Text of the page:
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Joel stood on the sandy beach watching as the waves came toward him, as if they were pulling up the sun which began to peak over the water. This was the first time his parents had brought him on a vacation with them. They were still in bed and he was not going to let a beautiful day like this start without him.

Last night he had met a cute girl named Rosa who was also on vacation with her parents and he hoped to spend the day with her. It was hard being fourteen, almost fifteen, without ever having gone out with a girl. Most girls made him feel uncomfortable, but not Rosa. She was different, she was …

Joel looked over and saw something surface on the water and go under again. No that was not it. It was not a something, it was a someone. Joel looked intensely at the same place where whoever it was had appeared the first time. There it was again, a hand. That had to be a child. Surely the child was close enough to grab onto the dock, it was only a foot away from where the hand came up.

Joel ran as fast as he could in that direction. The hand surfaced again, but this time it grabbed the dock and pulled a head from bellow the water. The child, Joel could not tell whether it was a boy or a girl, only had enough time to take a grasp of air before the hand slipped and the child went under again.

As Joel ran down the dock, he took a split second to scream, “Please God!” A moment later his head hit the water as he dove toward the child.

The cold water surrounded him and he wanted to jump back onto the dock, but as he opened his eyes he could see the child flailing his or her arms about. He had to try.

He swam closer and saw why the child could not get onto the dock. The child’s shoelace was caught in the chain of a bicycle. The child must have been riding down the dock, when the shoelace became tangled. While trying to kick the lace out of the chain, the child had somehow wound up in the water.

Joel swam up to the bike and tried to remove the child’s shoe but the child was thrashing about and the shoe was tightly fastened. He then attempted to turn the peddle but it was tightly jammed. He reached under to the other peddle with his left hand and pulled the shoelace with his right. With his last effort, the peddle turned slightly and the shoelace came free. Joel felt a moment of excitement at his success before the other peddle came down and hit him in the head. Crueller yet was the fact that the bike fell on top of his unconscious body.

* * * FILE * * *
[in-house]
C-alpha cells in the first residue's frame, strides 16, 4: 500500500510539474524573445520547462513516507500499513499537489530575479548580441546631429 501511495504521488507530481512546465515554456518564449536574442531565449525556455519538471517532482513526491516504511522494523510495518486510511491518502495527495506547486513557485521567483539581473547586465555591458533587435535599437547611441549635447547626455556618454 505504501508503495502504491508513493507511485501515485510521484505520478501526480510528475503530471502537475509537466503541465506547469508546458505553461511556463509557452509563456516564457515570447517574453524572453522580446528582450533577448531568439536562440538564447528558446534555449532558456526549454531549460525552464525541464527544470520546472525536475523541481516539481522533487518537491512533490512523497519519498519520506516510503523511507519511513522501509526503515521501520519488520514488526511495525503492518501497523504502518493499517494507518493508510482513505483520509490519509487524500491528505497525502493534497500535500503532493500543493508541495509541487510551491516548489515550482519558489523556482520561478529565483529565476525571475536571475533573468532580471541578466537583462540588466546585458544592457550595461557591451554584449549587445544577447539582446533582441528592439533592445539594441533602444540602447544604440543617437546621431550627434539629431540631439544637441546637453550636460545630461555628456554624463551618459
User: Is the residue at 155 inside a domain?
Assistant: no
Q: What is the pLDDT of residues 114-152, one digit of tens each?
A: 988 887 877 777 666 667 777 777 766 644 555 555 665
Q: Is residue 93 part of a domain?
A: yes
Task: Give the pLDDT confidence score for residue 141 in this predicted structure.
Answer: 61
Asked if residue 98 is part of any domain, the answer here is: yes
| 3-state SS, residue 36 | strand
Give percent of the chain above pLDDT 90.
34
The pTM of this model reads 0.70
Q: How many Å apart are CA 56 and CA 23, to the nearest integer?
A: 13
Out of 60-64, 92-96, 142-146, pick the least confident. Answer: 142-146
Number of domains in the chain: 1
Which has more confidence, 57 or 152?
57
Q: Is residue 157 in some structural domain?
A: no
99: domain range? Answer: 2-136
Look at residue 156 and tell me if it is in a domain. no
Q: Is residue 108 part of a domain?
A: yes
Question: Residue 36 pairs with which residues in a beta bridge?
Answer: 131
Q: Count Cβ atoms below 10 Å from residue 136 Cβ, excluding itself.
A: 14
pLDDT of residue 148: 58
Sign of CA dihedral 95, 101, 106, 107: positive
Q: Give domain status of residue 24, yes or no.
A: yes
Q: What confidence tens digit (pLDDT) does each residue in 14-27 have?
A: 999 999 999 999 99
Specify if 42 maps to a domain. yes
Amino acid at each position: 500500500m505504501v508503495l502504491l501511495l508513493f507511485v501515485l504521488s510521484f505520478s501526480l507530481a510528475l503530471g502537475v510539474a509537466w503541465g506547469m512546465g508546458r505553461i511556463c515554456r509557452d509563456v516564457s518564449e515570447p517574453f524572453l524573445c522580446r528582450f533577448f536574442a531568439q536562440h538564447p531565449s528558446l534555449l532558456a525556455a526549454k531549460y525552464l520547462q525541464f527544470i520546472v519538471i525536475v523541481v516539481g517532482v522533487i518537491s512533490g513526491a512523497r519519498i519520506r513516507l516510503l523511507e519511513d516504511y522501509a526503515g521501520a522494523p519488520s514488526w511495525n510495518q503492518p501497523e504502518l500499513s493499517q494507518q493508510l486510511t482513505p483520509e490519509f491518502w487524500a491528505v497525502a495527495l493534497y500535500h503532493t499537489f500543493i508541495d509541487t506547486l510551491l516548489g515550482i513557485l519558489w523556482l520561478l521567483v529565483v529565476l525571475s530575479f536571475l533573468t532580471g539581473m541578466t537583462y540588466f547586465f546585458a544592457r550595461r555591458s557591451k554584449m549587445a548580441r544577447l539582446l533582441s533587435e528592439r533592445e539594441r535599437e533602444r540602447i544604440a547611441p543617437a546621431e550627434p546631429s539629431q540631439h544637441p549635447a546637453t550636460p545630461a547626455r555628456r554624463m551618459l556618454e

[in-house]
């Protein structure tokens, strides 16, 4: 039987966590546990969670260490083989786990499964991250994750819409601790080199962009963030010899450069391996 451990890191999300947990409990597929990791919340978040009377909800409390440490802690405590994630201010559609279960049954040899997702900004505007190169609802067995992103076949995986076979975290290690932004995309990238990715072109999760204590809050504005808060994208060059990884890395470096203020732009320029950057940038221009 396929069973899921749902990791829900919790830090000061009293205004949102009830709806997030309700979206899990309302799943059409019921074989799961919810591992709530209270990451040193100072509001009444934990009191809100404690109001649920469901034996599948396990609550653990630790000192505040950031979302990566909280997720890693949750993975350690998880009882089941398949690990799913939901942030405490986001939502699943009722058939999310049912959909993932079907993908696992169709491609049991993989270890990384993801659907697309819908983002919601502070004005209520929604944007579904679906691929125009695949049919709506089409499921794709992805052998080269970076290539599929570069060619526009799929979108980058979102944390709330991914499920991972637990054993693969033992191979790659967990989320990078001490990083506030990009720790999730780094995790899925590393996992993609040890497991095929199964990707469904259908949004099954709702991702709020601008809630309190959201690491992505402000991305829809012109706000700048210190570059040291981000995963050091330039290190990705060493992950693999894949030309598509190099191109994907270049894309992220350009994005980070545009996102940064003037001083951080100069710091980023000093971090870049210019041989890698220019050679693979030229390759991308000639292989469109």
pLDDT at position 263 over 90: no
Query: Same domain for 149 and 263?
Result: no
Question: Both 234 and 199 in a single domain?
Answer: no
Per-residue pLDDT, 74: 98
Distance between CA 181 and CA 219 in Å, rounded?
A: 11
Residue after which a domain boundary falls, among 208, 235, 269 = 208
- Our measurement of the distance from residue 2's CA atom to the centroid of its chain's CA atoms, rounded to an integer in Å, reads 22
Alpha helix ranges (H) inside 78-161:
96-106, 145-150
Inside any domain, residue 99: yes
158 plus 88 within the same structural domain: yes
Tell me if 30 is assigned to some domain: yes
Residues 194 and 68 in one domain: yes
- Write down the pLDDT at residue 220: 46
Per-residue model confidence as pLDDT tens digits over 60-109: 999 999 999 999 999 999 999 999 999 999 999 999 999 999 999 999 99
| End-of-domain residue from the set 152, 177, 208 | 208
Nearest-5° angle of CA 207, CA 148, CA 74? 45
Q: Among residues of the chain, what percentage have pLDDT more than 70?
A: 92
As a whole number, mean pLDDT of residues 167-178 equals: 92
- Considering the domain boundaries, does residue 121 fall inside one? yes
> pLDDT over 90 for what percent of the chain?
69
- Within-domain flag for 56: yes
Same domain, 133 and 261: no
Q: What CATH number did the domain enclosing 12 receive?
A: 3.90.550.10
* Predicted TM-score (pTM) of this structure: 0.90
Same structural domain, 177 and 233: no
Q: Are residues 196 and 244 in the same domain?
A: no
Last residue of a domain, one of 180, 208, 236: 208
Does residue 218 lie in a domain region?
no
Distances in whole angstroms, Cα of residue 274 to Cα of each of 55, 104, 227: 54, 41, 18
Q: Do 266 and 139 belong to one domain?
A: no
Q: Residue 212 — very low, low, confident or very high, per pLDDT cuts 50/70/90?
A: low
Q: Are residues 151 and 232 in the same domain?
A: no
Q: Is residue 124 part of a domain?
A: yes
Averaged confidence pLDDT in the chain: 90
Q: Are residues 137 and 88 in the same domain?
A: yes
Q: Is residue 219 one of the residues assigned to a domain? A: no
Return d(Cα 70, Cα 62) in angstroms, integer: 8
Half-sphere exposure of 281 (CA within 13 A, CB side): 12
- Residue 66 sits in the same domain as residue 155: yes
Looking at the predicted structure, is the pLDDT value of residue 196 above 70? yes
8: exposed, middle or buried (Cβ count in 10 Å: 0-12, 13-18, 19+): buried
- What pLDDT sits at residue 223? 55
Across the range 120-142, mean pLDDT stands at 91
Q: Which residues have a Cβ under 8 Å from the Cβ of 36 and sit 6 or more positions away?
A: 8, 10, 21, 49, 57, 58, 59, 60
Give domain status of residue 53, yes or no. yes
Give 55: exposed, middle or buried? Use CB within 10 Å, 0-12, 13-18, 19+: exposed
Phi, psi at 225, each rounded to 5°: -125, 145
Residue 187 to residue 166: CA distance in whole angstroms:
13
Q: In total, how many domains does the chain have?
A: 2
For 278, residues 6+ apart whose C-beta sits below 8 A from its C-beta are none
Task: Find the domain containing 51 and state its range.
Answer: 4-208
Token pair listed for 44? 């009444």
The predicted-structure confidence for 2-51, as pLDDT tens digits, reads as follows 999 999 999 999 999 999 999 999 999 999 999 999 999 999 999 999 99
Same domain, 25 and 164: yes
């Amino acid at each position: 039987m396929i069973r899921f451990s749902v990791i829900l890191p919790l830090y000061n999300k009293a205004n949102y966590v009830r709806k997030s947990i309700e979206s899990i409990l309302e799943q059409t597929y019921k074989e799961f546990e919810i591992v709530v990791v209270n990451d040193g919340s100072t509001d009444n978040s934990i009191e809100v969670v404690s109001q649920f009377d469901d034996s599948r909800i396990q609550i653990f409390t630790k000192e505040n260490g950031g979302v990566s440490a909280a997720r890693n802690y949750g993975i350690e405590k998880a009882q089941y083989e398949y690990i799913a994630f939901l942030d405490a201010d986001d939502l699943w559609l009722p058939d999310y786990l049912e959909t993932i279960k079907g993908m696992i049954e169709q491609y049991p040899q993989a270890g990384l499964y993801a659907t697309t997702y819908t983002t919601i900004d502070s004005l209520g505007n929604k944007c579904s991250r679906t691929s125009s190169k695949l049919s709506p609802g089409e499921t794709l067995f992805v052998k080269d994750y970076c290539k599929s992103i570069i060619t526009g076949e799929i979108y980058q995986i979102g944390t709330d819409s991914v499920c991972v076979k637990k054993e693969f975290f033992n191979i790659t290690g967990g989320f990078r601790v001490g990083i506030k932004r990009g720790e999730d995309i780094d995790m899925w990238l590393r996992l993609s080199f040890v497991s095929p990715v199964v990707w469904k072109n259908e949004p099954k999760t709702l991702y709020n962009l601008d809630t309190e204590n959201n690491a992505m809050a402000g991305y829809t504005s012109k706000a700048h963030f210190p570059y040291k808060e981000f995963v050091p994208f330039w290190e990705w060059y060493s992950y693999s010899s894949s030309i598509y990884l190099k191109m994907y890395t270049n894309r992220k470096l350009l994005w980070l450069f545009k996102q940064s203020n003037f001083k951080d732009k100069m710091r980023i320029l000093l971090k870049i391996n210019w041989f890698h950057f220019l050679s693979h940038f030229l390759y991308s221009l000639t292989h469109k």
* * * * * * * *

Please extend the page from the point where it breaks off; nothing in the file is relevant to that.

Joel opened his eyes to see his teeth lying on a flat rock just under the front tire of the bike. He reached down to pick them up, but the sight of his hand made him stop. It had no skin, no muscles, no meat, he was looking at the hand of a dead person.

He yelled as loud as he could, but that only filled his lungs with the cold water. He tried to yell again and this time found himself laying in his bed on the Cap’n’s boat.

He walked over to the handbowl and splashed the cold water onto his face. Looking out the porthole, Joel could see that it was still early in the morning yet. He put on his robe, straightened his feathers and went topside. There was no one on deck although the navigator could not be far off. He walked over to the side rail and looked in the direction he figured the sun would come up.

Unbeknownst to Joel, someone had followed him up to the deck and was watching him. The figure hid behind some crates, and sat facing his direction.

Joel tilted his head back and laughed. This was a bad habit he had picked up, he was not exactly sure when. Whenever he thought back to times in his life, or lives, that were embarrassing to him he would laugh at himself. He was not sure whether this helped him to cope with his mistakes or just make it worse.

With sudden resolve, he jumped almost gracefully over the railing. The hidden figure drew a fast breath, but before it could let it out again, Joel reappeared flying away from the ship and towards the sun. After the sun had completely risen Joel flew back to the boat, and stood once more looking in the same direction.

After a while Joel, slammed his open hands on the railing. As he pulled his hands away from the railing, the wings on his back began to shrink. They did not stop shrinking until they were totally gone. The only evidence that they had ever been were the two holes in his robe that his wings once filled.

The shadowed figure came from behind the crates and walked towards Joel. “I hate bad dreams,” said the voice. Joel turned around and found himself staring at Meribah.

Meribah wore brown slacks that fit like blue jeans and a white wool sweater. Brown hair cut short, brown eyes darker than her hair, and full lips combined to make Joel’s heart speed up.

Joel realized that he must have made enough noise to wake her. He turned his attention back toward the sea. “I’m sorry if I woke you. It’s the sea, it reminds me of a bad day I almost had.”